For long centuries now, Christians have been awaiting Christ’s return. It is, truly, the culmination of all our hopes — and not just ours, but the hopes of all God’s faithful throughout all history.
Read Hebrews 11:13-16. What great promise is there, not just for the people of old but for ourselves, as well?
In many ways, these verses make no sense if the common and popular version of death were true. What is the passage talking about, these people “not having received the promises”? They’re dead, supposedly now up in heaven with Jesus enjoying their great reward. When, for example, Billy Graham died, over and over we heard how he was now in heaven with Jesus.
There’s an irony, too, in this view, because often when someone dies, we hear, “May he [she] rest in peace.” But what is going on here? Are such people resting in peace, or are they up in heaven doing whatever they are supposed to be doing (such as watching all the “fun” down here)?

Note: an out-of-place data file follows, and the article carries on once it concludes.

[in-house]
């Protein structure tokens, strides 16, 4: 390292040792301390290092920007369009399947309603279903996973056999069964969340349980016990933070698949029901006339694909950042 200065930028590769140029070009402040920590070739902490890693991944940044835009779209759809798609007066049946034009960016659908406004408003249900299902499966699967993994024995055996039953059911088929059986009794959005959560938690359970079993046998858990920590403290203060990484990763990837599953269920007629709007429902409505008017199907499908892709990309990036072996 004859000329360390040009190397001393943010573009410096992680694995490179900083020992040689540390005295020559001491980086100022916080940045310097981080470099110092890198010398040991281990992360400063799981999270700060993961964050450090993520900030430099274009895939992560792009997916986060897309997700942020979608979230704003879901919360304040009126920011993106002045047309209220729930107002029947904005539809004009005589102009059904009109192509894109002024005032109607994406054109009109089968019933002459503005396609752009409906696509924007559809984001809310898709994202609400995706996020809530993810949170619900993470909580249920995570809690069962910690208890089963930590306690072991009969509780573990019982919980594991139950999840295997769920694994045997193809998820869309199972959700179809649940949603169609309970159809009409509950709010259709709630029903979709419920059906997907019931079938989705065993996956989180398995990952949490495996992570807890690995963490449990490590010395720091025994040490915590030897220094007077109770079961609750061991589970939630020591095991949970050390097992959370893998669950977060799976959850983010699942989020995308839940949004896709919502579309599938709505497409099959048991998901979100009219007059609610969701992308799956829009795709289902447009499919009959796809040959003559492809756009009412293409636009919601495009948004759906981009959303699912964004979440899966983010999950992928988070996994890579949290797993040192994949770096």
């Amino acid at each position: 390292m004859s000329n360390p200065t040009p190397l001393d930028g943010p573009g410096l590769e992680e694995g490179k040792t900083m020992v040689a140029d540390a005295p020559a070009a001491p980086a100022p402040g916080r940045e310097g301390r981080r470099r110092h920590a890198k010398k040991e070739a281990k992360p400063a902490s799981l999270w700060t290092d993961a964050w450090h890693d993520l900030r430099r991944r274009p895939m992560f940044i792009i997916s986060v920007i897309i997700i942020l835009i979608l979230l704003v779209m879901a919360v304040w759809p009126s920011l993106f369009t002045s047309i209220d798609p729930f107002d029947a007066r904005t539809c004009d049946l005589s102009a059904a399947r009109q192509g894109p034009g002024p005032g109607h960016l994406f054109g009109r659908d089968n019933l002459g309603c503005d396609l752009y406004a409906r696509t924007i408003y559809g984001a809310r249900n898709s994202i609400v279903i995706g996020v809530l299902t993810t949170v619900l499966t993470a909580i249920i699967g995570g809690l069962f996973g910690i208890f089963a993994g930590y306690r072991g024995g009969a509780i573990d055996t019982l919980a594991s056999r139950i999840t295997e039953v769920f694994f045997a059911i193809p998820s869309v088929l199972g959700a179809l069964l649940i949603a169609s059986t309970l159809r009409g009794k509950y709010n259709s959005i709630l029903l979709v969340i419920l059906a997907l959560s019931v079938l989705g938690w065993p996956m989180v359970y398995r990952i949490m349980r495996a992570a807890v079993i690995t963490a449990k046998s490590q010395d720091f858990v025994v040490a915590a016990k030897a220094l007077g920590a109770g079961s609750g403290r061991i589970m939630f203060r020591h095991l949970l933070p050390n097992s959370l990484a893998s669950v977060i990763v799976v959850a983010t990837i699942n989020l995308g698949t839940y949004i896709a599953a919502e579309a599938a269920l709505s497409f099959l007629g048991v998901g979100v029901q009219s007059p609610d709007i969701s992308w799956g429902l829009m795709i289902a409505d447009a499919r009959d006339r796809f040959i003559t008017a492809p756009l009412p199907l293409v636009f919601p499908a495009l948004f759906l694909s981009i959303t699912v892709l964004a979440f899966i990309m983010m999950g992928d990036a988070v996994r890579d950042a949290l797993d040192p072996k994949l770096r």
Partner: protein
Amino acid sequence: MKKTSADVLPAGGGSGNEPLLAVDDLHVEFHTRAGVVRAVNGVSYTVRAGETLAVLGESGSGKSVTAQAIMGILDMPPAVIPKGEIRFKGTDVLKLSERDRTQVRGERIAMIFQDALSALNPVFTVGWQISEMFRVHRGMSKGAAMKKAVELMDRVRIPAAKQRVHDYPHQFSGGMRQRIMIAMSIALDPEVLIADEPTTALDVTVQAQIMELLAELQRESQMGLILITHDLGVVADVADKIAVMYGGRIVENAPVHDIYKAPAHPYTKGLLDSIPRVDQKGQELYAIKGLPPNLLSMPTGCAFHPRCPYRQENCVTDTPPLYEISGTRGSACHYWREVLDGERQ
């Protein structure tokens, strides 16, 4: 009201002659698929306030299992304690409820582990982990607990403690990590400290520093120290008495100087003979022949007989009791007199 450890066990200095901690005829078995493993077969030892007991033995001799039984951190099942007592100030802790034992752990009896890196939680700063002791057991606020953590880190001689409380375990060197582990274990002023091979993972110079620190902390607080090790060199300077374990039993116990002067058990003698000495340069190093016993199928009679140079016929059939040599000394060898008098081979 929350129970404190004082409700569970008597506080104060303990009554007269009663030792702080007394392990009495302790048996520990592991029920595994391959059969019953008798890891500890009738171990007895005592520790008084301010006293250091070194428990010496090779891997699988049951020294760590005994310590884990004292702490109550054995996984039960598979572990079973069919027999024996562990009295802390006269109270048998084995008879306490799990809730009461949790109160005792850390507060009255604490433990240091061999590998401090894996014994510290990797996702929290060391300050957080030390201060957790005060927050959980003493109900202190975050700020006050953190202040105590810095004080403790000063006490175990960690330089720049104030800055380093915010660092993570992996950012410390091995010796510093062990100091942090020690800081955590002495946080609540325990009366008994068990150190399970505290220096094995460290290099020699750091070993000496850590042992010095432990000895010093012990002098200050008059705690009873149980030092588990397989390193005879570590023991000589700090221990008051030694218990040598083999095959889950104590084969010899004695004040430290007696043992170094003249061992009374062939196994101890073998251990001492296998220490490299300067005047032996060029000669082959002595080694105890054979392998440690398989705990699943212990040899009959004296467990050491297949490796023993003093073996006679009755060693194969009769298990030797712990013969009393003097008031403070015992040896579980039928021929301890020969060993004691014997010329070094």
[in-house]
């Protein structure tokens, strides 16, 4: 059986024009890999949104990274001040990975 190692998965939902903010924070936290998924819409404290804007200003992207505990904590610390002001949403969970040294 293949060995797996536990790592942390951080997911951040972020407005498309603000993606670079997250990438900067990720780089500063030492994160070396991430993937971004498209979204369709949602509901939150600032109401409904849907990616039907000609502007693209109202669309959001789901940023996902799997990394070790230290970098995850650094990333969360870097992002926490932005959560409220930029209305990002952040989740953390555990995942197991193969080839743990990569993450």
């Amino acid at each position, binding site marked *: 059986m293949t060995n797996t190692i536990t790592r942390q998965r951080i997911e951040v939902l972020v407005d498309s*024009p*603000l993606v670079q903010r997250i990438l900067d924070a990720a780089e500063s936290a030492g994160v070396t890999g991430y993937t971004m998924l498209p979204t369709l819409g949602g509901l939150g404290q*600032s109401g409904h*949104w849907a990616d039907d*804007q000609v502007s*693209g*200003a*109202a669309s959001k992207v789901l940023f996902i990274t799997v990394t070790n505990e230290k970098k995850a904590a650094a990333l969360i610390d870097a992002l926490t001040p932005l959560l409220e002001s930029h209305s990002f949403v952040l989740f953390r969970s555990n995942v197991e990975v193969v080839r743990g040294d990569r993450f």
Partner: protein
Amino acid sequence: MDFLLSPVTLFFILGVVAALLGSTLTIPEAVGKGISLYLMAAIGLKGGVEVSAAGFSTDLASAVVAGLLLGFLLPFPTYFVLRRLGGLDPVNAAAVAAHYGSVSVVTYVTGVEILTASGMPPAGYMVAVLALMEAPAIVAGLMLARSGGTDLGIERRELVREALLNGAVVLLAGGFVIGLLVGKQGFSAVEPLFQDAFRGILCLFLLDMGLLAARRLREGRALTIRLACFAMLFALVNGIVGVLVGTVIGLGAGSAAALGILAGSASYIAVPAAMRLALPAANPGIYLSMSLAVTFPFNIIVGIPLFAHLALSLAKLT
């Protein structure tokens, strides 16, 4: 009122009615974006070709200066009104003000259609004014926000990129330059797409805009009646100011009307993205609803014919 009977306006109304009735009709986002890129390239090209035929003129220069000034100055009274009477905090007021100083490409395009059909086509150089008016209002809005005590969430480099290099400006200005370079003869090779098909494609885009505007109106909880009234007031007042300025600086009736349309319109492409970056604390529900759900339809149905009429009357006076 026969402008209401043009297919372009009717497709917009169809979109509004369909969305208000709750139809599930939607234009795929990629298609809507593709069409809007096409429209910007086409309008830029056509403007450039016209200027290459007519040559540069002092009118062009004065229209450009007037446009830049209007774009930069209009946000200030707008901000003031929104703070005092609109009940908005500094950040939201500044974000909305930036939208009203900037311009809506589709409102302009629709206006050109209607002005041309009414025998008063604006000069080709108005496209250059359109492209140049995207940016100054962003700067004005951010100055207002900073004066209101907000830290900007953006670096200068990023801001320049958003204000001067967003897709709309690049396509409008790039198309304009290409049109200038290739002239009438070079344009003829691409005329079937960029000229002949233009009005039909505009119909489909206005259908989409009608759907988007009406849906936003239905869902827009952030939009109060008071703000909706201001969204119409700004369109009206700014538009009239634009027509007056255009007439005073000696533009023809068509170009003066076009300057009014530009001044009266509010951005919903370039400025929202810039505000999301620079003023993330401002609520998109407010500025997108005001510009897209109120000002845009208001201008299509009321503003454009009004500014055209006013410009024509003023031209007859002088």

How does Jesus describe death? Read John 11:11.
In fact, the idea of their resting “in peace” is, of course, the truth about what happens at death, isn’t it? The dead, truly, are at rest. “To the believer, death is but a small matter. Christ speaks of it as if it were of little moment. ‘If a man keep My saying, he shall never see death,’ ‘he shall never taste of death.’ To the Christian, death is but a sleep, a moment of silence and darkness. The life is hid with Christ in God, and ‘when Christ, who is our life, shall appear, then shall ye also appear with Him in glory.’ John 8.51-52; Colossians 3:4.” — Ellen G. White, The Desire of Ages, p. 787.
Jesus compares a person’s condition between death and resurrection morning to an unconscious sleep (John 11:11, John 11:14), but He also emphasizes that both the saved and the lost will receive their reward after the resurrection ( John 5.28-29). He highlighted the necessity of being prepared for death, whenever it comes.
|What comfort do you get from knowing that your deceased loved ones are, indeed, now at rest?|